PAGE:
Cayenne Pepper in our A-Z - Cooking Index
Cayenne Pepper is made from the dried pods of pungent chili peppers.
Try adding Cayenne Pepper to salsa, avocado dip, taco, and enchilada sauces for extra zesty flavour. You can heat up a barbecue sauce or meat marinade with a shake of Cayenne Pepper. Spice up your tartar sauce or vegetable dips and dressings with a pinch of Cayenne Pepper. You can make South of the Border omelets with tomatoes, onions, peppers, and a pinch of Cayenne Pepper added to the eggs.
Cayenne Pepper has little aroma, but it is extremely hot to taste.
Cayenne Pepper comes from Central and South America and the West Indies. Cayenne Pepper comes from Central and South America and the West Indies.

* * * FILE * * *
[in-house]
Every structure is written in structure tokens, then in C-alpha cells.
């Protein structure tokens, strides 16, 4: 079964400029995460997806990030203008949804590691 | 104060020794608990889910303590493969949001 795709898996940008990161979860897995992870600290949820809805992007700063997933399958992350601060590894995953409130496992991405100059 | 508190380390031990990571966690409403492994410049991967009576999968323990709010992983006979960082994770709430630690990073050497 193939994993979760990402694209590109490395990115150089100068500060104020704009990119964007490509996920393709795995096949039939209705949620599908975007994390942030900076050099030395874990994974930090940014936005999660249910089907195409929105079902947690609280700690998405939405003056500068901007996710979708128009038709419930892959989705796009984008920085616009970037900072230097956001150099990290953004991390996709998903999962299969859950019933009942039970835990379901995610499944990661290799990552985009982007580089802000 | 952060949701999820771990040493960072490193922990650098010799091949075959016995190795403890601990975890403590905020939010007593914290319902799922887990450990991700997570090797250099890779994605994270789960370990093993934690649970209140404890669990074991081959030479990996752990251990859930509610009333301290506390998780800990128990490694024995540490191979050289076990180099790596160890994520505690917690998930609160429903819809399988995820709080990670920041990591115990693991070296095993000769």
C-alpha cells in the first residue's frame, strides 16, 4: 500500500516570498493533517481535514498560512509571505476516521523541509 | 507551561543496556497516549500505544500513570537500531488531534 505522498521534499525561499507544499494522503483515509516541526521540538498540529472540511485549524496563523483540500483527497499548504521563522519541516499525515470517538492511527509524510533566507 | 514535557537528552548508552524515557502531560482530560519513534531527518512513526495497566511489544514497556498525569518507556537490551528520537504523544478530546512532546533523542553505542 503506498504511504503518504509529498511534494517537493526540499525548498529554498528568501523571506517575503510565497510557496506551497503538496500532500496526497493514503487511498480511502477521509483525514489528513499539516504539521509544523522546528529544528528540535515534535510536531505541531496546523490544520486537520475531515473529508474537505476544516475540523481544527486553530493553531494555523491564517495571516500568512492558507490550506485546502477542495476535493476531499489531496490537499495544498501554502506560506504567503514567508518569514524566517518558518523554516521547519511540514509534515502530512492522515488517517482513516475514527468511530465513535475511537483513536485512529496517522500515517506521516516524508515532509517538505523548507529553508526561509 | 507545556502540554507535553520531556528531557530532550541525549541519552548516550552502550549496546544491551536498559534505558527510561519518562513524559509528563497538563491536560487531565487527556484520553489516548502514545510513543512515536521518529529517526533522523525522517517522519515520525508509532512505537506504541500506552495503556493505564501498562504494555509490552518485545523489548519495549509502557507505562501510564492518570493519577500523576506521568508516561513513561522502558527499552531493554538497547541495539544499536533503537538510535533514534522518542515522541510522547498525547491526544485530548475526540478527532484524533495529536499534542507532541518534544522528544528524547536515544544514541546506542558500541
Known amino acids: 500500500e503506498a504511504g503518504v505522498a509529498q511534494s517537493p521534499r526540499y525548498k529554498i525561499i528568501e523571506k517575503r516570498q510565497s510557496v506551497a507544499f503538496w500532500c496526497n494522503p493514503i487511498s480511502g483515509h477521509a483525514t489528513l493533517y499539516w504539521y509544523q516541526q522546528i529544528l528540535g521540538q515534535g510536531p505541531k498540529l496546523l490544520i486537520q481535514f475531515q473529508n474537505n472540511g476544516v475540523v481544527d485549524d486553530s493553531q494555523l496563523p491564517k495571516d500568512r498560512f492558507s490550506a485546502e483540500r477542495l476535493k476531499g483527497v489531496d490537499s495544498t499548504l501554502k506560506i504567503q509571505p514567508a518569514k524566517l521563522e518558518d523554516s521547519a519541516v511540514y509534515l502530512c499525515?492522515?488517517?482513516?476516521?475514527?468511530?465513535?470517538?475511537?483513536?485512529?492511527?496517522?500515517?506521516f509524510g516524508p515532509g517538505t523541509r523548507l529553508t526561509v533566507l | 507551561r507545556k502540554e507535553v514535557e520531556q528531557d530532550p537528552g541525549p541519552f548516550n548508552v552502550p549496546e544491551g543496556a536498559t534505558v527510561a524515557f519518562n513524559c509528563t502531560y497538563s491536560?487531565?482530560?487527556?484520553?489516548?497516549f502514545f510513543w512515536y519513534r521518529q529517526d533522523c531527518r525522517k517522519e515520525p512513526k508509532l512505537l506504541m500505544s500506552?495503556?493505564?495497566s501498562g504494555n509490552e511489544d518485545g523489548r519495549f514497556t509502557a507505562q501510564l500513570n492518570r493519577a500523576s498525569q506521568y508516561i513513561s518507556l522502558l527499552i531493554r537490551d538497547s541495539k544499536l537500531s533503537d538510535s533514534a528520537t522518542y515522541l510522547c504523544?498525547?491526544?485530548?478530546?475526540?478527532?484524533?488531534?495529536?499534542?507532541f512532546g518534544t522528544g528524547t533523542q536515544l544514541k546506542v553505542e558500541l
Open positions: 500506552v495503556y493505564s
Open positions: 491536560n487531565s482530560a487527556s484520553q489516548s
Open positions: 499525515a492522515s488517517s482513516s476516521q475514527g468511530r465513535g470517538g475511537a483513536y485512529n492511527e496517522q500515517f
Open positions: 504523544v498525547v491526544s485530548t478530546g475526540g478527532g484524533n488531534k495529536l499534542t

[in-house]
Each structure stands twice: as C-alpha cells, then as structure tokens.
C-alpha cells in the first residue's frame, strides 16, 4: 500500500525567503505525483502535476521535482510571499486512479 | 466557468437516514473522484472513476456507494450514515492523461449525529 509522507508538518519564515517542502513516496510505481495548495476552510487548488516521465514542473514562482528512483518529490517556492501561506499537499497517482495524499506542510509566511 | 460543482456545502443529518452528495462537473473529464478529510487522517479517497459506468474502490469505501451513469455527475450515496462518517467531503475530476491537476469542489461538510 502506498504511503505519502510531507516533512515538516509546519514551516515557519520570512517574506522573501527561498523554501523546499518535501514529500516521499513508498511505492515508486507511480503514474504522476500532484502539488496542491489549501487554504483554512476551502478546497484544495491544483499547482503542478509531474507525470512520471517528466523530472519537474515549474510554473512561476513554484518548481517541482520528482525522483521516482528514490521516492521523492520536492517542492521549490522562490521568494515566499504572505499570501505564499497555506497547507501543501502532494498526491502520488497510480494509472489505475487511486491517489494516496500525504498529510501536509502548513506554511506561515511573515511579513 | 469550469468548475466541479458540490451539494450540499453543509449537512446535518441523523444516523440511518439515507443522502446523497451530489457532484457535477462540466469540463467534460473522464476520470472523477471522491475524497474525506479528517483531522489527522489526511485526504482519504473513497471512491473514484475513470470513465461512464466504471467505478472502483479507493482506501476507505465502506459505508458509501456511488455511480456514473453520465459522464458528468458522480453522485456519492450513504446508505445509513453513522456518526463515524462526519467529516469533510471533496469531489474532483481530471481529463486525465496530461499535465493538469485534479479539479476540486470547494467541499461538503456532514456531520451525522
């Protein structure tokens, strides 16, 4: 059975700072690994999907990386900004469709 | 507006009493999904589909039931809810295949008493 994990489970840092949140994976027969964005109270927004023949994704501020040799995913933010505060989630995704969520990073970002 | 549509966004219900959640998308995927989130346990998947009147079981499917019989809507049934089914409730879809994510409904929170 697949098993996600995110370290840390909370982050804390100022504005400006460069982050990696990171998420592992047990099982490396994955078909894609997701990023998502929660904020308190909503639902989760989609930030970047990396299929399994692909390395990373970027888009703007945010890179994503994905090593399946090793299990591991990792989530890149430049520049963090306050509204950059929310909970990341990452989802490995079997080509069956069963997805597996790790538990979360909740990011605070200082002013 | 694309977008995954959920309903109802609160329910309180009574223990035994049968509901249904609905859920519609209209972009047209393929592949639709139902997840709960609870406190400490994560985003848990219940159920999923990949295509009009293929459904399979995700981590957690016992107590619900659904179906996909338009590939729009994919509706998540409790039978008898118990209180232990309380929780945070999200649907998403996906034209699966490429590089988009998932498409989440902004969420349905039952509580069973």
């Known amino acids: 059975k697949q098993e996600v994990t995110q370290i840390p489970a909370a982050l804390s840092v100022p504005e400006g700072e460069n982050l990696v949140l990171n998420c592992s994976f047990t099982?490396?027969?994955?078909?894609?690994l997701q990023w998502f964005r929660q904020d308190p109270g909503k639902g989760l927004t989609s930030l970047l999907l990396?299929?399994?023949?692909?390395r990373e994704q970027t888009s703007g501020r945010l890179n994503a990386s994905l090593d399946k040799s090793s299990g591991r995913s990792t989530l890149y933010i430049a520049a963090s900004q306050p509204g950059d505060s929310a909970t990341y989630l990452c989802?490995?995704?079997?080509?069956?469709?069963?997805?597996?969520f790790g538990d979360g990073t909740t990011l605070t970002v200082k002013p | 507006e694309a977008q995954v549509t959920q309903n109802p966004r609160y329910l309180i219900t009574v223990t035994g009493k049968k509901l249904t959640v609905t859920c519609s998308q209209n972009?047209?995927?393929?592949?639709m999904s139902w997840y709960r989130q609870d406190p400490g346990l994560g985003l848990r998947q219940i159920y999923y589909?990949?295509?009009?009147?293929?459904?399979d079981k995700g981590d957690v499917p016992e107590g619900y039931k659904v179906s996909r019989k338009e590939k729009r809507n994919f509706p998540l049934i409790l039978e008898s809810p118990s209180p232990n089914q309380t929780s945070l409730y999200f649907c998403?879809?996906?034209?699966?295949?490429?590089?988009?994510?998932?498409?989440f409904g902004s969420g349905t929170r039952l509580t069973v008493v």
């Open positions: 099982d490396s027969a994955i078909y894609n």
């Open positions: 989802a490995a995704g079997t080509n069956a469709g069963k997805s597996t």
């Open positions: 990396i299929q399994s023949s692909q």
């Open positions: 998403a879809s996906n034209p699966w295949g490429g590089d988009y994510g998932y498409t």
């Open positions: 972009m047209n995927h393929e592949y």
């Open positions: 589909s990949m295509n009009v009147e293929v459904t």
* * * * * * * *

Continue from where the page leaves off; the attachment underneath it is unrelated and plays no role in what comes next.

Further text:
Cayenne Peppers were grown for thousands of years in the West Indies and Central and South America. Spanish explorers looking for black pepper misnamed them as pepper, and introduced them to the rest of the world. One of Columbus’ passengers, de Cuneo, wrote how the Native Americans ate pepper like fruit “like we eat apples.”
The word Cayenne most likely comes from French Guiana, where the capital is Cayenne. Portuguese traders carried the variety around the world, with evidence of its cultivation in home gardens beginning in 1771. Cayenne pepper is well known for its health benefits. It was referred to in 1652 by Nicholas Culpepper as "violent" fruit, useful in many ways, from digestion to improving the sight. It is also widely available today in powdered form to ingest as capsules.